HOUSE: [Still trying to look past Cuddy.] It's a shortcut test for hypercalcaemia. You had to have just passed him.
CUDDY: So you suspected hypercalcaemia from her complete lack of broken bones. Is that why you also ran three tox screens?
HOUSE: [Still distracted.] Patient might've been sneaking uppers. He was in a white coat, did you hire him back?
CUDDY: Foreman is running the diagnostic department at New York Mercy. [House looks surprised and confused, Cuddy leans in and sniffs.] Have you been drinking?
[House walks back to Greta's, now empty, room. He sees the oxygen mask on the floor and realises where they have gone.]
[Cut to House entering the stress test room, he sees Greta sitting on the end of a treadmill using an oxygen mask to help her breathe.]
18: She was having trouble breathing. Refused oxygen and intubation.
HOUSE: So you put her on a treadmill.
13: Records will show that we gave her oxygen as a part of a routine cardio stress test. She gets to breathe, your boss gets her paperwork.
HOUSE: Whose idea was that?
13: It was a joint decision.
HOUSE: It never is. So how old were you when your brother left home?
13: Why do you think that I...
HOUSE: Why aren't you answering? Did your mother initiate the divorce? [Takes the stethoscope off 13]
13: We should probably focus on what's wrong with her lungs.
HOUSE: Are you a Wiccan?
18: She really can't breathe.
HOUSE: [Sits down in front of Greta.] Okay, hold still. [While using the stethoscope to listen to her lungs he starts gently tapping her chest.]
18: What are you doing?
HOUSE: Auscultatory percussion. If you have a good ear, you can... [Listens.] [To 13.] You didn't have a lot of friends because you chose...
13: You can hear while you're talking?
HOUSE: [Listens again.] You can detect not only structural details, but small, deep masses. [Flicks Greta's chest a few times then takes off the stethoscope.] Game's over. You either have lung cancer or tuberous sclerosis. We need to cut you open and biopsy... [Greta starts shaking her head.]
GRETA: [Still struggling to breathe.] That'll... Leave a scar... NASA doctors will see, they'll, they'll know.
HOUSE: I never opened for Springsteen or slept with Barbara Feldon. You can live for years without dreams. Without lungs...
GRETA: Find a way.
HOUSE: Okay. As long you keep saying it strongly, you won't die. [Goes to get up, Greta stops him.]
GRETA: Find... A way.
[Cut to House and The Numbers back in the lecture theatre.]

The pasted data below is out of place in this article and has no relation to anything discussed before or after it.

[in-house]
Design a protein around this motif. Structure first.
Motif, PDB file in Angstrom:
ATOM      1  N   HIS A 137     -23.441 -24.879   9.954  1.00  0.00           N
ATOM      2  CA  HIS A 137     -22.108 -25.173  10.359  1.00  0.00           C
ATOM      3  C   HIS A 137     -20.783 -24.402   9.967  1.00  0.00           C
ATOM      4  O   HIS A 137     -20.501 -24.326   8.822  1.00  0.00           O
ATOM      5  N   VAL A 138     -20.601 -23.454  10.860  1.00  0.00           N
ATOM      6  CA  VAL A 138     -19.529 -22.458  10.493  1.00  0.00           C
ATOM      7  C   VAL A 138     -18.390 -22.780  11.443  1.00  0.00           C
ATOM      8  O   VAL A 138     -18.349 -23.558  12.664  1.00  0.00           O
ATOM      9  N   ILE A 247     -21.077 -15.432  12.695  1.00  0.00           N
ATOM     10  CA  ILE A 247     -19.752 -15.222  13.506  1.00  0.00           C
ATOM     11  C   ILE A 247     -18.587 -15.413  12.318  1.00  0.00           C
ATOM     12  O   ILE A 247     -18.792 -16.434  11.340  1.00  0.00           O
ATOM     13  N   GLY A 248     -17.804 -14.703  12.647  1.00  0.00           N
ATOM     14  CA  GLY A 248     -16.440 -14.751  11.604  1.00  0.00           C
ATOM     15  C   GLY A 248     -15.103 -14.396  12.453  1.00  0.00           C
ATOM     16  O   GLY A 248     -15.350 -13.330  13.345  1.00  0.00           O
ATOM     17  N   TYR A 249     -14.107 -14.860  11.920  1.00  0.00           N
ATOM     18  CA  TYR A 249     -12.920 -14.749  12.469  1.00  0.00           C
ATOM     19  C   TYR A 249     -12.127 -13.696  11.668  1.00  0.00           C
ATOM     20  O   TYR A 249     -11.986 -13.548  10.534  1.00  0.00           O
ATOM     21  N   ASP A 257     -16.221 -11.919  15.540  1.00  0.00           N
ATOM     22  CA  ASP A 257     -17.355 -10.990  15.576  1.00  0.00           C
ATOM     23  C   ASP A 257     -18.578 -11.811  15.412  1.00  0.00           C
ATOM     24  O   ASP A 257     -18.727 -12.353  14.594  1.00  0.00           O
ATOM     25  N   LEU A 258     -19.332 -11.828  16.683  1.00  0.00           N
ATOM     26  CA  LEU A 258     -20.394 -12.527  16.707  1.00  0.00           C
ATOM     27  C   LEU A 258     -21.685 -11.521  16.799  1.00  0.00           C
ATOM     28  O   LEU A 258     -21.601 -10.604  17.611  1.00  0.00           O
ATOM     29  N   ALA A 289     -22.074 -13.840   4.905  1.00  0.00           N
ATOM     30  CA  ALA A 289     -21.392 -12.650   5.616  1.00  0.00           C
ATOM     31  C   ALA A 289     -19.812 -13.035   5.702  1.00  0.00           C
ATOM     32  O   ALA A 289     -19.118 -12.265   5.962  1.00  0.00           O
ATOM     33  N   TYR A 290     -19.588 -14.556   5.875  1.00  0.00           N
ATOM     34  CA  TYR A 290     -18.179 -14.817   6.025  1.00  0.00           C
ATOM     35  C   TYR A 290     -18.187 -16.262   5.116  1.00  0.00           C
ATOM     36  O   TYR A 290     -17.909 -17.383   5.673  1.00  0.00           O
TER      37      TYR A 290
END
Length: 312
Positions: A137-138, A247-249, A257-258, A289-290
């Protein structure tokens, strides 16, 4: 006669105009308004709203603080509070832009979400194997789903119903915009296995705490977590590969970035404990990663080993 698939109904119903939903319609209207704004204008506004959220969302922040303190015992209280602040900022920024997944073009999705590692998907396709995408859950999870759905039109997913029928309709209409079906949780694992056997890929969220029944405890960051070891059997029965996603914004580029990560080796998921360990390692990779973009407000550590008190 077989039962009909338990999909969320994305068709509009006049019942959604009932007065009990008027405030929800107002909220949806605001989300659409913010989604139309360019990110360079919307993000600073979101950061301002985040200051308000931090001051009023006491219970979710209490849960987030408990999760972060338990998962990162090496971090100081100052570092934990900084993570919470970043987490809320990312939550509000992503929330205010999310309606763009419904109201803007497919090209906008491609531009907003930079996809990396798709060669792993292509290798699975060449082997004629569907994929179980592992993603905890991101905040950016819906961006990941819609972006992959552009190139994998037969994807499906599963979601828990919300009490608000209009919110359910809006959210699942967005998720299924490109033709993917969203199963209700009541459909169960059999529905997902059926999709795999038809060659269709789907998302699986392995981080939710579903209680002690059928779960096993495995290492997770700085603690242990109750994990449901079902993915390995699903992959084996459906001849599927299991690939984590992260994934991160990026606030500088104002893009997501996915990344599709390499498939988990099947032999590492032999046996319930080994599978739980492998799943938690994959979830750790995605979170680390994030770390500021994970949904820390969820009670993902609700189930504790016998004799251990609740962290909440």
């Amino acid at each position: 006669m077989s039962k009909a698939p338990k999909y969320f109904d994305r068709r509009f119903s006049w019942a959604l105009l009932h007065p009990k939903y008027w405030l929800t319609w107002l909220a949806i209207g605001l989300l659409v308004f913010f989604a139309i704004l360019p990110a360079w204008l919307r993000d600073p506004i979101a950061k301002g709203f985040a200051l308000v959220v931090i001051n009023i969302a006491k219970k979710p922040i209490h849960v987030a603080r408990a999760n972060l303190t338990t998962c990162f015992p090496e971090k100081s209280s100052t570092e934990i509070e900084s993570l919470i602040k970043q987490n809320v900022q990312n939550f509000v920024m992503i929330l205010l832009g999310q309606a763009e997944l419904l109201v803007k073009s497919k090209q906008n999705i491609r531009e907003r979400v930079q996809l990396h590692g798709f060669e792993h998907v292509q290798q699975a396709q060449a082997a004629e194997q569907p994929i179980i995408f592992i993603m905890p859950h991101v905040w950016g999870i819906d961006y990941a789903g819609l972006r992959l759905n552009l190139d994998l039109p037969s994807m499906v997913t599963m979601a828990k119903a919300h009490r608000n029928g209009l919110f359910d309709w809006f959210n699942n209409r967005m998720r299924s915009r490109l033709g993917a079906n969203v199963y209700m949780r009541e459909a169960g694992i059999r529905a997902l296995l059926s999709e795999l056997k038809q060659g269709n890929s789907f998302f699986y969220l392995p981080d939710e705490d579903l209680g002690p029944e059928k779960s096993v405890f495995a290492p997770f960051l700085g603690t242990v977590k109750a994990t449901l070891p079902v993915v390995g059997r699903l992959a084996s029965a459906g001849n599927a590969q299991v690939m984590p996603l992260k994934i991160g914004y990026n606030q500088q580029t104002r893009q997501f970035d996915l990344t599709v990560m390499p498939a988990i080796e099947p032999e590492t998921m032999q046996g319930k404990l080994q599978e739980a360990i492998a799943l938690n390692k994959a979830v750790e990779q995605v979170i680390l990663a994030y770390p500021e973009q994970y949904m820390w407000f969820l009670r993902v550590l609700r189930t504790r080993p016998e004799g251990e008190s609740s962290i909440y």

HOUSE: How do we force a patient into surgery? Texas bag scam? Saratoga wire? Paris exposition trip?
18: The problem's not the surgery, it's the scars. And we have a plastic surgeon here who can hide them.
39: Not that well. NASA's going to check every cranny.
6/9: I say we just put ether in her oxygen and do what we have to do.
2: She'll sue.
24: For what? Making it harder for her to lie to the government?
39: Uh, we don't need to hide them. We give her elective cosmetic surgery. The incisions will give us access to her lungs and she's got an innocent explanation for the scars.
2: You mean like liposuction?
39: No, no. Those incisions are too far from the lungs. We-we don't subtract, we add. [Looks at House.] Turn her B's into C's.
HOUSE: [Smiles.] It's a myth that fake hooters blow up at high altitude, she'll be fine. Just think of it as one giant rack for mankind.
[Cut to 39 explaining what they are planning to Greta.]
GRETA: I fought for years to be taken seriously.
39: Trust me, you'll be taken more seriously. Just sign the form. [Holds the consent form up.]
GRETA: This'll make me a joke, there's got to be another way.
39: I've known a few people who had dreams. One thing they all had in common was, they got laughed at, and they didn't care. [Greta signs the form.]
[Cut to Cuddy walking up to House who is scrubbing in.]
CUDDY: You bumped a splenectomy for a boob job?
HOUSE: Would you condemn this woman to a life where people look at her face when they talk to her?
CUDDY: You don't explain this, I'll cancel the surgery.
HOUSE: Can I explain why you're here?
CUDDY: Think I just told you why I...
HOUSE: I scheduled a diagnostic patient for a boob job, which is ridiculous. So obviously you had to confront me.
CUDDY: With you so far.
HOUSE: But I'm going to give you a reason.
CUDDY: Not a good one.
HOUSE: No. Not even close to a good one. But here's the drag from your point of view. My explanation will make sense. Not to the board, not to a judge, but to you. So you'll let me do it. Then you're going to have to sit next to me at the administrative hearing. Don't you have better things to do? [Cuddy thinks for a minute then starts to leave but hesitates and turns back.] It's in the best interests of the patient. [Cuddy leaves.]
[Cut to House and three of The Numbers in the OR, 39 opens Greta up.]
39: Trochar's in. You're good to go. [39 steps back and House steps forward to look at the lungs.]
HOUSE: [Sticks something into Greta.] Deflate the lung.
2: There, a cyst.
39: Cysts, I count three of them. [We see the lung on the screen it has three big lumps.]
HOUSE: Probably the same if not more on the left lung. Okay, so what's been working overtime to kill Miss Bin Laden?
2: We know her name now.
HOUSE: Yeah, but I forgot it. Say the magic word and get immunity from the next challenge.
13: Alveolar hydatid disease. Hits all the organs.
HOUSE: She would've had multiple seizures by now.
39: Pulmonary Langerhans.
HOUSE: Wouldn't explain the red blood cells. C'mon. Cysts, synaesthesia, heart attack. You guys have gotten...